Genre: Fiction, Women's History
Topics: Spinsterhood, Relationships, Women
I came across The Third Miss Symons by accident. I was browsing GoodReads for similar reads to The Solitary Summer by Elizabeth von Arnim and came across a list of Virago Modern Classics which I thought might be available in the public domain. One of the books that was available was this short novel by Flora Macdonald Mayor. As I instantly trust Virago Modern Classics as an imprint of books that usually interest me, I couldn’t resist picking up the Project Gutenberg version of this novella. Since then, I found out it has also been released as a Girlebook (of which the cover is shown on the left).
The Third Miss Symons is a short book of 88 pages, in which Mayor sets out the life of Miss Henrietta Symons, the third daughter of parents who dislike their children and the effort they require. Especially Etta, or Henrietta, is disliked by them. They quickly give up on making an effort on the social market for her, as she is plain in comparison to the other daughters. Henrietta remains single her whole life, looking on from the sidelines while her other 3 sisters marry (not necessarily happy marriages) and fulfil their role as women as wives and mothers. Etta is spared the faith of some single women in that she has enough money to live a comfortable life, and we follow her on trips to the continent and visits to her family. However, Henrietta is never really happy, she feels lost in social situations and often becomes disagreeable. If people show the slightest bit of interest in her, she clings to them for affection, and ends up suffocating their relationship. And most of all, she’s searching for a goal in life now that the path of motherhood remains closed to her.
This book reminded me a lot of Consequences by E.M. Delafield and what I expect to find in Rachel Ferguson’s Alas Poor Lady. It tells of the fate of single women at the beginning of the twentieth century, of their being viewed as aimless and awkward, and often a burden to the people around them. Like Alex Clare in Consequences, Henrietta is socially awkward and yet always longs for affection. However, Henrietta is more difficult to like than Alex, since Etta often lashes out at the people who try to help her in their own faulty ways. For part of the book Henrietta is painted in a negative light to such an extent that I wondered what exactly Mayor was trying to tell us: that women who are single and consequently unhappy, only have themselves to blame? However, having finished the book, I do not think that was Mayor’s intention at all. Yes, she does blame Henrietta for situations in which she was at her most disagreeable, but she also asks sympathy for Etta’s situation of social isolation, in which everyone she cares even a little about is too caught up in their own lives to pay much attention to her. In the end, Henrietta reforms, and tries to do better on the social front, and slowly, at least one of her sisters learns to understand Etta’s pain:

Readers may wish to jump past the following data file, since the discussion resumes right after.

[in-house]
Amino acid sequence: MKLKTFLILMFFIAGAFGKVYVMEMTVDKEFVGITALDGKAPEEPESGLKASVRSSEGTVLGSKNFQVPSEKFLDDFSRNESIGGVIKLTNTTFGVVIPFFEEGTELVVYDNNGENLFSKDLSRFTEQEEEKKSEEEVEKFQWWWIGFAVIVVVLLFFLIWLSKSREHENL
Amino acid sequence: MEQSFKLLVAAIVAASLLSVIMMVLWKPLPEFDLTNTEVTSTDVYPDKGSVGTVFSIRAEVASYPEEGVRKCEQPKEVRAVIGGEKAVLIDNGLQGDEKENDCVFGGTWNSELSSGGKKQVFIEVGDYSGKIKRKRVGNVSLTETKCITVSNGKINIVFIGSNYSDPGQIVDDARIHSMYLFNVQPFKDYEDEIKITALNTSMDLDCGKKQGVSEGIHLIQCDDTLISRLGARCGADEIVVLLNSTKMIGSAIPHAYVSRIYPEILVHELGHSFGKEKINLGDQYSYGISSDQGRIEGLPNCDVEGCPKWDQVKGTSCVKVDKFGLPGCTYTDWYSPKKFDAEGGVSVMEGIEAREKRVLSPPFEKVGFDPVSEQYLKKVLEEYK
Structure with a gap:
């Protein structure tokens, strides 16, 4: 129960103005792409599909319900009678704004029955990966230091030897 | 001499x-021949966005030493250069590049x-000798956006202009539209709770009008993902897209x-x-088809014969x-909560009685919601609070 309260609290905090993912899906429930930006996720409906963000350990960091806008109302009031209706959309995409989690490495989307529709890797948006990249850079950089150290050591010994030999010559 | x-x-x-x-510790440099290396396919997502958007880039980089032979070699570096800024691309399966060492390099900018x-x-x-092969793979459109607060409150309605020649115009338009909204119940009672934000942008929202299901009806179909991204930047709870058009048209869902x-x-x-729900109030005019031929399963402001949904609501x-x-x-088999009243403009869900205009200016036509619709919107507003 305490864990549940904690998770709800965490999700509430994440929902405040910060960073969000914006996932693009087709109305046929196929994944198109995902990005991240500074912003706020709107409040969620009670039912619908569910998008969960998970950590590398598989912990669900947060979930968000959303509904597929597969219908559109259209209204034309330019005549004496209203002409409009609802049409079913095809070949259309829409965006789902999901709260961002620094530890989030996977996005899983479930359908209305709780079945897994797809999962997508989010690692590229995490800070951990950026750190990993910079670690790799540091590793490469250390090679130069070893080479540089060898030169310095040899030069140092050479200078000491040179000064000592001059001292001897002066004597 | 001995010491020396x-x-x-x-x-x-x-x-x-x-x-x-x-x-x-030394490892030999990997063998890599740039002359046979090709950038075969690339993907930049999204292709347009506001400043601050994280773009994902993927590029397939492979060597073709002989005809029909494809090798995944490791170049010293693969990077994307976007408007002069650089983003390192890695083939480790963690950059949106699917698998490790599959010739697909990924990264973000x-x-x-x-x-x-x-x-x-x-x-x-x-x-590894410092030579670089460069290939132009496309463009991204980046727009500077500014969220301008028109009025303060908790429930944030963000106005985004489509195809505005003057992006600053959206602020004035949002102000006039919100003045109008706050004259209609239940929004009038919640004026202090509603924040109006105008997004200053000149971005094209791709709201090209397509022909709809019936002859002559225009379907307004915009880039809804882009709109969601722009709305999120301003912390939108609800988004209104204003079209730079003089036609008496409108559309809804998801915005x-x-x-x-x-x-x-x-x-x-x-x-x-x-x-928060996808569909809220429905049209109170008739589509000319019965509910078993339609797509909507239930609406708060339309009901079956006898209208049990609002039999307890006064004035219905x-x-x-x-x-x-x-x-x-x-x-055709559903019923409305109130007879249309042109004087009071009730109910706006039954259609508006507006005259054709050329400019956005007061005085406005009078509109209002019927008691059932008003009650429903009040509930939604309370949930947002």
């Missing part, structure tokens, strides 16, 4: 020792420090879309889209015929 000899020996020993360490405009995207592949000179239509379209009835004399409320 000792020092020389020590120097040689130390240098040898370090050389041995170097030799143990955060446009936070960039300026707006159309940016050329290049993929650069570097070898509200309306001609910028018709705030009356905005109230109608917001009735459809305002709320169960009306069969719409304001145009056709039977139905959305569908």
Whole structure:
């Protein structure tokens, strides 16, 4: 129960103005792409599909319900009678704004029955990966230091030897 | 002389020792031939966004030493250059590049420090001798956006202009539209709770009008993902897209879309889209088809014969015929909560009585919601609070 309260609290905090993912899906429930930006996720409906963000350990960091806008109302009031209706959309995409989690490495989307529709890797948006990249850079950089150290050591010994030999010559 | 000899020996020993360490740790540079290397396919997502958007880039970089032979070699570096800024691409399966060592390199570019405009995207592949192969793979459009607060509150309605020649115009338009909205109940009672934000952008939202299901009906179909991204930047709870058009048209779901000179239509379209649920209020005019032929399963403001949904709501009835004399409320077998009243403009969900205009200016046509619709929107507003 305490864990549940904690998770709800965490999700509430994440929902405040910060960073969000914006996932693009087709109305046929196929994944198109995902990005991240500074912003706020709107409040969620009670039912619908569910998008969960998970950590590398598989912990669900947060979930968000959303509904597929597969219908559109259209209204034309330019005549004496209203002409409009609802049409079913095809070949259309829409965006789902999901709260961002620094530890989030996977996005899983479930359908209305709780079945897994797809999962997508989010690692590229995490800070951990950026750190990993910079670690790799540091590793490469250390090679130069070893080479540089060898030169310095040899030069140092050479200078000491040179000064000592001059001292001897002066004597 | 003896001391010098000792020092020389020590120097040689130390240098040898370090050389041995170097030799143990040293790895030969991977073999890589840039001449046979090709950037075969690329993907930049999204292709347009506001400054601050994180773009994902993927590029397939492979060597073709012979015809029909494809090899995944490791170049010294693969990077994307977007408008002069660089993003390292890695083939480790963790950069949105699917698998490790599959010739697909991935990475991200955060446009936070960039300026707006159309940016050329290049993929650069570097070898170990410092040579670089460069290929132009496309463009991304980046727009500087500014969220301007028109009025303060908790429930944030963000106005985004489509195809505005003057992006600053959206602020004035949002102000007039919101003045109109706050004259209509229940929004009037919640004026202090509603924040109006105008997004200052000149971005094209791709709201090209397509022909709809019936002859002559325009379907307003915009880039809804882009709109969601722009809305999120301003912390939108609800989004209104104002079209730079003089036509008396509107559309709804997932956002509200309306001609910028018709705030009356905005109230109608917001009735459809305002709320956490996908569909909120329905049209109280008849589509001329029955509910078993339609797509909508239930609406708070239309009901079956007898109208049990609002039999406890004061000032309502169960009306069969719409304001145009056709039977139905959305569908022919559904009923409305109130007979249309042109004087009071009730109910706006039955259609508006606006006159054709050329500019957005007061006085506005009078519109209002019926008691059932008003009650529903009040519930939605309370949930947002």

“But if she had had the chance she wouldn’t have been unlovable. She was capable of greater love than any of us, and she never had the chance. If there is any justice and mercy in the world how can they allow a poor, weak human creature to have so few opportunities, such hard temptations, and when it yields to temptation to suffer so cruelly? And now I am to go back, and be happy with Herbert and the boys, and to feel quite truly that I did everything I could, I can’t bear it.”
I am sad to say I didn’t love this book as I did others on the same topic. Henrietta is a little too unlikeable, and the story a little too short, to care as deeply for her as I did for Alex Clare, for example. I would recommend Consequences over The Third Miss Symons. But, as a companion read this works really well, and I cannot wait to discover more novels from this time period about “spinsters”.